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Community and Q&A

Advice for foundation wall insulation in a basement in New England

robbrown99 | Posted in Green Building Techniques on

Hello, I’m new to this site. We are in the process of refinishing our basement and just had a company come to install a french drain and remove mold following some growth on foundation walls and a few sections of plasterboard that were located on partition walls. Our 1969 home is in MA and the water table is often high as we live 100ft from wetland. The basement is a cold cave in the winter unless we stick up the heat (which does a great job), but it gets expensive to heat a cave. In the summer, we have high humidity outside and also in the basement. Great for mold.

After getting a quote for an OC finishing system, I plan on trying to do as much as I can myself. I am quite handy and can learn a few tricks quickly.

The end game:

1. Finished walls, insulated to keep out the cold. Insulated rim joists (I may get someone to come in to do the latter).

2. Finished floor – some kind of subfloor like dricore or DMX, with a synthetic floor on top that is moisture and mold resistent. A neighbour had used Coretec in their remodel.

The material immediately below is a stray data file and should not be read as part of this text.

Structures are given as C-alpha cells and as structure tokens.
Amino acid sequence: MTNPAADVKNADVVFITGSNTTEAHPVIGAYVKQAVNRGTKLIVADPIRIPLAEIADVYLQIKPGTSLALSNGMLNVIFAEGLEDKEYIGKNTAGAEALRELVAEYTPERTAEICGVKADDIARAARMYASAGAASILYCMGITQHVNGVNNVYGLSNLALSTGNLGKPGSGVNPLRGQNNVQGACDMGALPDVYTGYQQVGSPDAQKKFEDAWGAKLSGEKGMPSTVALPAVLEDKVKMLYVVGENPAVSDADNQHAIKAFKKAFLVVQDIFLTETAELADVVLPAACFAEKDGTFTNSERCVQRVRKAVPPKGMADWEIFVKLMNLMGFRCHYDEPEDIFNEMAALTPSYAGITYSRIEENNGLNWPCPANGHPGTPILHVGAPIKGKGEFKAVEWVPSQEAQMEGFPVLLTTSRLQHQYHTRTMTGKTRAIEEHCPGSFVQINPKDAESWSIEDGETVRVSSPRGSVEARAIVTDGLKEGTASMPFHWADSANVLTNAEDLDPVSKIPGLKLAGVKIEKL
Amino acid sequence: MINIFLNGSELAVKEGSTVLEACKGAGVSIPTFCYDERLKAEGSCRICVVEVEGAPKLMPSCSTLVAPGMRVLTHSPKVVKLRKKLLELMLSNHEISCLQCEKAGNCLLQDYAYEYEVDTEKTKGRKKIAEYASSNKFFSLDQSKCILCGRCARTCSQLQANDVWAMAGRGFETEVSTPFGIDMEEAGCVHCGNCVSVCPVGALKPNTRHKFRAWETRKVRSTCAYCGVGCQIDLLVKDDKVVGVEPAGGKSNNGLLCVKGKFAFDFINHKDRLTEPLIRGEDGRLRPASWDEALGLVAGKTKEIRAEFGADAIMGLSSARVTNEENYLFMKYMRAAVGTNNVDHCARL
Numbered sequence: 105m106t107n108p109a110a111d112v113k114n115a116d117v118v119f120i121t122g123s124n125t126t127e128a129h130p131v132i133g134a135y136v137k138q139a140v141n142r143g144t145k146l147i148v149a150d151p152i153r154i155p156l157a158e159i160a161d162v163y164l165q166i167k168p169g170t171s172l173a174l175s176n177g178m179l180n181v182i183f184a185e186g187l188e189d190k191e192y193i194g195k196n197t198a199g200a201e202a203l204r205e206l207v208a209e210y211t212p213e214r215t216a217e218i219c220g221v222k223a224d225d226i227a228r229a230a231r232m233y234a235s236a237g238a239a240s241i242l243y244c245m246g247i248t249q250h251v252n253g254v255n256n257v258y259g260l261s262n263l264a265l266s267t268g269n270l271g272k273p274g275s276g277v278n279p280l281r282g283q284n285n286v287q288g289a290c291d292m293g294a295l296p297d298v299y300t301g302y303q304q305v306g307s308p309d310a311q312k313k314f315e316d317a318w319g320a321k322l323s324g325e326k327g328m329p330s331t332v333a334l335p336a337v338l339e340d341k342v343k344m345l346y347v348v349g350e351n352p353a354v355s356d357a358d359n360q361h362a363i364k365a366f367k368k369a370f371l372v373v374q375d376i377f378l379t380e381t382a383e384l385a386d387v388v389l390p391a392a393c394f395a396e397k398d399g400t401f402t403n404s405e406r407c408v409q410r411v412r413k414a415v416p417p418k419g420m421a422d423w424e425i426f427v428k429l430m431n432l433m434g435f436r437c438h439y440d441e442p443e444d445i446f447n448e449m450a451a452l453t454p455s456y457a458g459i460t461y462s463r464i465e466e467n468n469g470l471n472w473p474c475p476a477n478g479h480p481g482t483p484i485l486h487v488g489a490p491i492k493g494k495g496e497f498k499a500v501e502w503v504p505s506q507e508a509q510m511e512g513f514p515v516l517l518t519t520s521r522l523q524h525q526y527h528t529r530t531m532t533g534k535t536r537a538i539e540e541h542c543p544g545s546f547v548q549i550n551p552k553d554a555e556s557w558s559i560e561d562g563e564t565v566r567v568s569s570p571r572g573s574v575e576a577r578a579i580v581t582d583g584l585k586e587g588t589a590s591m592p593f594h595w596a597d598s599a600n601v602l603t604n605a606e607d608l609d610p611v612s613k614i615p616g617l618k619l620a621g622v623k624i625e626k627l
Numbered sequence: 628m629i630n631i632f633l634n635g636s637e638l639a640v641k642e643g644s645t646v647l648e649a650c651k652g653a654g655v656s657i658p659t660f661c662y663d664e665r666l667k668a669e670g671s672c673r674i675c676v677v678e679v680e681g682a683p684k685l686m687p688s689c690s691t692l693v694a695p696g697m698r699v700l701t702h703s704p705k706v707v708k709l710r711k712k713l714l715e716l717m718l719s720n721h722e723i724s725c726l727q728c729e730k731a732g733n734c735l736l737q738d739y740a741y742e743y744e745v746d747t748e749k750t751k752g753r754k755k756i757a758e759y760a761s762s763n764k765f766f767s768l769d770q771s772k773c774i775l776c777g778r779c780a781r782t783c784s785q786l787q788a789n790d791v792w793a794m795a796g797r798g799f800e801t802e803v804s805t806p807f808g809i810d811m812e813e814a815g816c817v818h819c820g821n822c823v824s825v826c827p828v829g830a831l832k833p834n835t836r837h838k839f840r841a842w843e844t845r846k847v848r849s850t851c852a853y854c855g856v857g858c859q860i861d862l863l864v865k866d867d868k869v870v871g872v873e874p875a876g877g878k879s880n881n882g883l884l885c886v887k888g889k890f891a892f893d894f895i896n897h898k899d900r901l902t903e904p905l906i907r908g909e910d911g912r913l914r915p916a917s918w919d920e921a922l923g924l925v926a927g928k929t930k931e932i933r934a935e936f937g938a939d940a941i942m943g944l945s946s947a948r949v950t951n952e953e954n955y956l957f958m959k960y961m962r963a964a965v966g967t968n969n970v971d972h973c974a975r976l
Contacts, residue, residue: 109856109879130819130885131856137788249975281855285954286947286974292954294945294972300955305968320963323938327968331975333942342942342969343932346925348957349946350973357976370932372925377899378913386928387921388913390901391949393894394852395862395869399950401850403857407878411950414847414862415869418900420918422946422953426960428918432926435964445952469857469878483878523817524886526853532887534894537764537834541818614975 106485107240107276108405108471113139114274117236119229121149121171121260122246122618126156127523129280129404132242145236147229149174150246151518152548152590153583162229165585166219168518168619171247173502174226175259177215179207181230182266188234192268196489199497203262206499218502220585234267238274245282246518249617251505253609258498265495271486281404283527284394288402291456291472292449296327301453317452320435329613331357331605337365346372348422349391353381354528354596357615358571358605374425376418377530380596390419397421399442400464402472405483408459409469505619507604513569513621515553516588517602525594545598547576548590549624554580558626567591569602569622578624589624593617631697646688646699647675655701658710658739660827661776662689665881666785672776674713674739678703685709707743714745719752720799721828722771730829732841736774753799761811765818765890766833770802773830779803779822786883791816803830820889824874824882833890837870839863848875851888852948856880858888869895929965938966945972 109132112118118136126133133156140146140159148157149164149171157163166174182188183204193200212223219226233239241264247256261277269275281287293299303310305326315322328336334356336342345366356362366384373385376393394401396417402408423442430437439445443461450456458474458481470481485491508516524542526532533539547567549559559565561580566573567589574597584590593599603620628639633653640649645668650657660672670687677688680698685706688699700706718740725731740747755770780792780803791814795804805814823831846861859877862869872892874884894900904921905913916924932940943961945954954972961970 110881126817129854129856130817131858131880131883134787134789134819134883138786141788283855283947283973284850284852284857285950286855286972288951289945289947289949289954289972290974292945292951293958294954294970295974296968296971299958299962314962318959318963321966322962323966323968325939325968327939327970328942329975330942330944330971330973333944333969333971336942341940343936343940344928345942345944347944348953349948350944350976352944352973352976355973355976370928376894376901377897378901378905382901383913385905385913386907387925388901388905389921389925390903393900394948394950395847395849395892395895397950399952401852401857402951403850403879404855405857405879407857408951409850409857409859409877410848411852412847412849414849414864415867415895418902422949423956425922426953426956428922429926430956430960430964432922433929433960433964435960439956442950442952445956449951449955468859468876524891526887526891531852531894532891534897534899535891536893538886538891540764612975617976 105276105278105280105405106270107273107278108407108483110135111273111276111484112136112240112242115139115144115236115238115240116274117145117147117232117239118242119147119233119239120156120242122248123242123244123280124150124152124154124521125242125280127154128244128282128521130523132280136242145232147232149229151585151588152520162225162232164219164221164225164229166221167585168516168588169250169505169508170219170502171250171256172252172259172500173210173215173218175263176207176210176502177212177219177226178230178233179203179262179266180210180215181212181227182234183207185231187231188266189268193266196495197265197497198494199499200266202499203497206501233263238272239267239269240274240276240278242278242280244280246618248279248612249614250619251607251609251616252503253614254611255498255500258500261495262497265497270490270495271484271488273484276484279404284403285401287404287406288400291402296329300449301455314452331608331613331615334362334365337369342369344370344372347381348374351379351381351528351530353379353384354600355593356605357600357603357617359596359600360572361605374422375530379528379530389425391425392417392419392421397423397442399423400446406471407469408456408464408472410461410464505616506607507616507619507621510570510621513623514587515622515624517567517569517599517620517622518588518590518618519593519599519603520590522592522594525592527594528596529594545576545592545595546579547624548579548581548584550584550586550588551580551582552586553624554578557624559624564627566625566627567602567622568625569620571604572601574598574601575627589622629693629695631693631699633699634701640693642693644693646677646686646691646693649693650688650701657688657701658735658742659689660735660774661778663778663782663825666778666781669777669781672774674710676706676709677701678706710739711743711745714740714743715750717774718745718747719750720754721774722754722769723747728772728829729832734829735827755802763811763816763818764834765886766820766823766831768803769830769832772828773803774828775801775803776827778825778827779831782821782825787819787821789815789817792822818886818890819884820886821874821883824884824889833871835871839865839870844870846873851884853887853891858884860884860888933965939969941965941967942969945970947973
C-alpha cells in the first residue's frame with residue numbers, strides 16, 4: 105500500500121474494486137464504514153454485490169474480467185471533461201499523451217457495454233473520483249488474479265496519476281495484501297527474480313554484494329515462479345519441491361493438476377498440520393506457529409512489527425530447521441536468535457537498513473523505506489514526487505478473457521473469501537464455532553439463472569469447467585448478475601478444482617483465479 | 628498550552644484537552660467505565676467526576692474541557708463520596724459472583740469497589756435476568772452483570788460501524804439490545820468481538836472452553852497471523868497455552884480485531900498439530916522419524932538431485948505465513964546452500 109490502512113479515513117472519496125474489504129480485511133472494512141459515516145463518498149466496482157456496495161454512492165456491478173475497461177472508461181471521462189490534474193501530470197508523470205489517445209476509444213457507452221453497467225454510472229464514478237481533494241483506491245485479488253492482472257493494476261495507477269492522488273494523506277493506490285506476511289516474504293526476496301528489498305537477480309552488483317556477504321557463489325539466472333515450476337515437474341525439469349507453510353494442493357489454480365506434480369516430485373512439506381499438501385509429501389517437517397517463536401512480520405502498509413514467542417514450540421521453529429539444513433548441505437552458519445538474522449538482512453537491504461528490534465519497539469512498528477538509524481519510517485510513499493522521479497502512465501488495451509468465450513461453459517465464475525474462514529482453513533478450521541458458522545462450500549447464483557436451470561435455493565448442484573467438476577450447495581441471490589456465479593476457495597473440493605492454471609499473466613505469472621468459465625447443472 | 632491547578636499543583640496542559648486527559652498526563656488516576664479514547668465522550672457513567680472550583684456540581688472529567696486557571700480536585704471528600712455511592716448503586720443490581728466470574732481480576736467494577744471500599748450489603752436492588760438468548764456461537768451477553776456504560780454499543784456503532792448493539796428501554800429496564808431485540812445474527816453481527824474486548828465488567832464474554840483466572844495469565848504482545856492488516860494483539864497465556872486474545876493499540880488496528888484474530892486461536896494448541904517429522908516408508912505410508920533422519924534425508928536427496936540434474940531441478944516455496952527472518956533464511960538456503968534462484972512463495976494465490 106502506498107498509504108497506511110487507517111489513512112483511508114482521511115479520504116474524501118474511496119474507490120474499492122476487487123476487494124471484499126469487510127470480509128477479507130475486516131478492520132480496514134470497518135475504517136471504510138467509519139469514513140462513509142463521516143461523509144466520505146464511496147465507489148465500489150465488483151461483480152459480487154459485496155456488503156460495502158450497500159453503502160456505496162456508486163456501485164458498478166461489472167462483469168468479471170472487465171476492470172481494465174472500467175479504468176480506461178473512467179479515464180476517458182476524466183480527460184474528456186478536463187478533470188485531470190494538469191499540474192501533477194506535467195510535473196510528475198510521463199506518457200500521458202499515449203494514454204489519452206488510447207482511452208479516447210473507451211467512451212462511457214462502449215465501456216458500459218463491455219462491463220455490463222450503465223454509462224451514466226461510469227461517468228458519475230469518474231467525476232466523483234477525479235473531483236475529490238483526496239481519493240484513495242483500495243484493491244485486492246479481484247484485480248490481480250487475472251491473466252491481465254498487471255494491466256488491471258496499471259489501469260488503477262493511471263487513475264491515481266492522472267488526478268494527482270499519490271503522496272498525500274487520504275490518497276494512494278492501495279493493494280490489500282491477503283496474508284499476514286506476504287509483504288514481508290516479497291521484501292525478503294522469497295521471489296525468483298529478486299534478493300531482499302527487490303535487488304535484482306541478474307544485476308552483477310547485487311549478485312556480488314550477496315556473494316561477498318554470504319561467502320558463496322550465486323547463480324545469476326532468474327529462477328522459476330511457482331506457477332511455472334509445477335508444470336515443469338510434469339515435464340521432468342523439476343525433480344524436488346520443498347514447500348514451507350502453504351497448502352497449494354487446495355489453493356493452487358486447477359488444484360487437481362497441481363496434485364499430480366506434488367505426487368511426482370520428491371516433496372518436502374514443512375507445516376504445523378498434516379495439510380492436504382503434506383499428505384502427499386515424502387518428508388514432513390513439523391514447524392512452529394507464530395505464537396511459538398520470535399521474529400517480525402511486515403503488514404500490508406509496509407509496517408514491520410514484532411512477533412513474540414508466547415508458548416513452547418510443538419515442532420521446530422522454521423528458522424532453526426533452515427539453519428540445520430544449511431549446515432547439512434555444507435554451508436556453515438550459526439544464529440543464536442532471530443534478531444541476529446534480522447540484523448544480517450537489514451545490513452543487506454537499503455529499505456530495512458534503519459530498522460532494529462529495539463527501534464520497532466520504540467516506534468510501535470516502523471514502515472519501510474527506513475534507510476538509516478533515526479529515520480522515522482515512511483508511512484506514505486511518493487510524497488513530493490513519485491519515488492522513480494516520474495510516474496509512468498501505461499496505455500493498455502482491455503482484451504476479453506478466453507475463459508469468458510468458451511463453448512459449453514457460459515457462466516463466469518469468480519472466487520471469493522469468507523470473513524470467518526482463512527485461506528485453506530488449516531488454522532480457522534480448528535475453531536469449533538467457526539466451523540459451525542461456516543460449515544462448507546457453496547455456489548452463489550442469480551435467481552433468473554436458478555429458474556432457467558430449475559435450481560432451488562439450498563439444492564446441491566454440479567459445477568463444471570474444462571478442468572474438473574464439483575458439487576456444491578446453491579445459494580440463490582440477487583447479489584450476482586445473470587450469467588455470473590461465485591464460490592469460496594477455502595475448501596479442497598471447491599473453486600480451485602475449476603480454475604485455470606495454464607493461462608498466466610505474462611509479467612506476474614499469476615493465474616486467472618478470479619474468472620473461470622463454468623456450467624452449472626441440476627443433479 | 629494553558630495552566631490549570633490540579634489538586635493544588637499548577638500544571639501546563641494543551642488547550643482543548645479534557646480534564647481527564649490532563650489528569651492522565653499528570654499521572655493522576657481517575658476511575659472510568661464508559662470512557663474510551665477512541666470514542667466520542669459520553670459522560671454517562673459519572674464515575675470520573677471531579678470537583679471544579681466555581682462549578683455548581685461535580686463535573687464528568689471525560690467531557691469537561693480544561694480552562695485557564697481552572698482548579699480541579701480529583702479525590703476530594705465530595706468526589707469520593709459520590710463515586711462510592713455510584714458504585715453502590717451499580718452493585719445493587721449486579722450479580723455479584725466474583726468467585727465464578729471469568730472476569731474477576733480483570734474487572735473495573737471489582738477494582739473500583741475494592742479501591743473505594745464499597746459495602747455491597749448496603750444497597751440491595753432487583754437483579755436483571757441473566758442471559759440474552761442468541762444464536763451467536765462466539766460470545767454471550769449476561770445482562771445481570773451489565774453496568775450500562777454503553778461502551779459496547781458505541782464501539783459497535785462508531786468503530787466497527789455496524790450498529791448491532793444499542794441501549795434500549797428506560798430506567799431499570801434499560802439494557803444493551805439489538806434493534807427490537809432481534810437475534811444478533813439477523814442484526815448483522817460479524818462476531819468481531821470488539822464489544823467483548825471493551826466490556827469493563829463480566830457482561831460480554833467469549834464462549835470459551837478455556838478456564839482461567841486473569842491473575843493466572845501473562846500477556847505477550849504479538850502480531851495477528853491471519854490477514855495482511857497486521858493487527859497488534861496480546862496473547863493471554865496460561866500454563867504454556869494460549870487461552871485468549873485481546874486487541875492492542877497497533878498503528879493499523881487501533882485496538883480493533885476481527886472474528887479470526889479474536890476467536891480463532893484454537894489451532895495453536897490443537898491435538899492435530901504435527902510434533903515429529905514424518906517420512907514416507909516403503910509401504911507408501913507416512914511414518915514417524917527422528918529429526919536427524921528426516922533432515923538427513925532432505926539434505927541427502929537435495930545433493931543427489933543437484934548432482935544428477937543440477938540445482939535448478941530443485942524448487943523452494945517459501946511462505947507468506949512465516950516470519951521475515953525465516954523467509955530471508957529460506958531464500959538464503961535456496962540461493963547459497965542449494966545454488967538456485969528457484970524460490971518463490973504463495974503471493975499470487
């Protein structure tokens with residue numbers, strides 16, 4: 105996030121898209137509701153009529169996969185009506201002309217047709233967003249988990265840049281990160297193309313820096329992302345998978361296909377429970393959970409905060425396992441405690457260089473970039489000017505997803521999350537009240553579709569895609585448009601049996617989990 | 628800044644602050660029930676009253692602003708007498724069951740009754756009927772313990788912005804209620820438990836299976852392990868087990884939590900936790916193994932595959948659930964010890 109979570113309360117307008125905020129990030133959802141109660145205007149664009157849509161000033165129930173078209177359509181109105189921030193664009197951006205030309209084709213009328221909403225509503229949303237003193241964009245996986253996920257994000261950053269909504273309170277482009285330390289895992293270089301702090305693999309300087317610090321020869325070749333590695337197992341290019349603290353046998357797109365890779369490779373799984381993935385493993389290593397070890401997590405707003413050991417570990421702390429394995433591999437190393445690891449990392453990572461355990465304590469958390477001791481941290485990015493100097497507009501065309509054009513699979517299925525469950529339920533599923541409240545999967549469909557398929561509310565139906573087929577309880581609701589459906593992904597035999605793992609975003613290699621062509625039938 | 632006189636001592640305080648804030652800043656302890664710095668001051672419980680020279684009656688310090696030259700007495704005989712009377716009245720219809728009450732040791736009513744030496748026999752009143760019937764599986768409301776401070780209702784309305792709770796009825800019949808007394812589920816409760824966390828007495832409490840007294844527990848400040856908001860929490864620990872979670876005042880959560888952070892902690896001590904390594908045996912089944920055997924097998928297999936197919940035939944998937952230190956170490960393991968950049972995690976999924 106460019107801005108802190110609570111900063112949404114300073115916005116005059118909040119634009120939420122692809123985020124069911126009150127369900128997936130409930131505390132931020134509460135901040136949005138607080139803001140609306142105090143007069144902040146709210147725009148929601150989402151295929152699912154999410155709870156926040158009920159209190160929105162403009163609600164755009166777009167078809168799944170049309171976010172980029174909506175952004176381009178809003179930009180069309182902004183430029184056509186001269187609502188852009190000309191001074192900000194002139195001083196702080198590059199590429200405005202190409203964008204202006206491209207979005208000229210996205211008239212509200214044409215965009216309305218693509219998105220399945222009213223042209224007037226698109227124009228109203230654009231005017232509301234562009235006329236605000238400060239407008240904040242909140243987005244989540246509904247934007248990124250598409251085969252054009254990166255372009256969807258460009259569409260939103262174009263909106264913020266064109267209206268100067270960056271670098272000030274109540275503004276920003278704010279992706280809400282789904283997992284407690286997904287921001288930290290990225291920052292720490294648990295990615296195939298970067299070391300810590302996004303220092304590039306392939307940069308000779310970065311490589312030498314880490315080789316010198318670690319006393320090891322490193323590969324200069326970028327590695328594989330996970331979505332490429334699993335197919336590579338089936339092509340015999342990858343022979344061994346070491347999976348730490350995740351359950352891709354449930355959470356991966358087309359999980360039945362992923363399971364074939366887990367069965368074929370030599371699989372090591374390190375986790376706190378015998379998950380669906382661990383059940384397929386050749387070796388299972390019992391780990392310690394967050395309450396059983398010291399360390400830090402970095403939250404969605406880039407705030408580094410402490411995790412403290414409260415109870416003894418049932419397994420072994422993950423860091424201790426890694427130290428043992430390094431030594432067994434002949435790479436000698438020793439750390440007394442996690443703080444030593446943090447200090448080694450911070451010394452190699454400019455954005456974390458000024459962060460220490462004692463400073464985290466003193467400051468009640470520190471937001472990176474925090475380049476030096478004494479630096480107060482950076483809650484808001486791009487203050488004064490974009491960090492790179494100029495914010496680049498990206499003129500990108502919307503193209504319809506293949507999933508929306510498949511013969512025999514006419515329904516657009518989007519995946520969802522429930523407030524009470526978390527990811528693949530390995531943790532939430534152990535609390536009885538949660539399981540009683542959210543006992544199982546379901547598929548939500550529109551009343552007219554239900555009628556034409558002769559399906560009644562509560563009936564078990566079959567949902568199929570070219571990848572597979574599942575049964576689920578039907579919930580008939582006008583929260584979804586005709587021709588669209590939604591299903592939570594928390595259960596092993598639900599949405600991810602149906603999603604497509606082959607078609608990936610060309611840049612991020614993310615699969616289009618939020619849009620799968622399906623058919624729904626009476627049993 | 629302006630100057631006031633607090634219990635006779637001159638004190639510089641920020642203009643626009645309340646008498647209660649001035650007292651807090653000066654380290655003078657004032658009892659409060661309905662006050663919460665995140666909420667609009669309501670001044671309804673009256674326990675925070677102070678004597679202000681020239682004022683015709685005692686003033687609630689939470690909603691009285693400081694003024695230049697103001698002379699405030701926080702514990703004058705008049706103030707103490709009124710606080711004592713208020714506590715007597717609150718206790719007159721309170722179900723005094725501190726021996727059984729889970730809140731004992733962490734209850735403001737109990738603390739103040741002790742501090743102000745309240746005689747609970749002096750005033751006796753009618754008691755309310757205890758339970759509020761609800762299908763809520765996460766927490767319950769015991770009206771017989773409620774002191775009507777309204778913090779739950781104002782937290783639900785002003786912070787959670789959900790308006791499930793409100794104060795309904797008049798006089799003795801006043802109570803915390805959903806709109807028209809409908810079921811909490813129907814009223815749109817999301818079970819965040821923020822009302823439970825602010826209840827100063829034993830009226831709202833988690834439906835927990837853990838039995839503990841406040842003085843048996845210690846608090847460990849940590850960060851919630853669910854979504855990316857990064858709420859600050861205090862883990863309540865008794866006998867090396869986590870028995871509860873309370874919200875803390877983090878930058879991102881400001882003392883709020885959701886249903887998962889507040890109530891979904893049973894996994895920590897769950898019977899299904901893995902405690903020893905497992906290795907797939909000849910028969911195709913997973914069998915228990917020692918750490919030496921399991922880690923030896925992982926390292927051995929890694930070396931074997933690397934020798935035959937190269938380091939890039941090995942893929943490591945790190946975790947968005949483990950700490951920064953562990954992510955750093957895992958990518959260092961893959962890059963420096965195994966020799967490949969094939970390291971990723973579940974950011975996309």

3. Finished ceiling – drop ceiling with removable and mold resistant tile.

4. Final space to be used as our main entrance to driveway, sofa or two for kids when they grow older, exercise equipment and our storage of luggage etc.

What we had done recently:

We had a company come in to remove moldy plaster (a small section of our large basement had some partition walls; the rest was painted concrete wall) and moldy paint from sections of the foundation wall that had been incorrectly been applied with latex paint. They dug a trench, installed a french drain and then a mirror drain. They also installed a dehumidifer that drains into the mirror drain. It runs a lot, but is set to normal. I can only presume it is just humid.. Attaching a photo of corner where worst mold was after they installed the drain and before they removed the section of moldy paint. The wall is indeed damp behind there.

Some Problems – I have various obstructions to work around such as: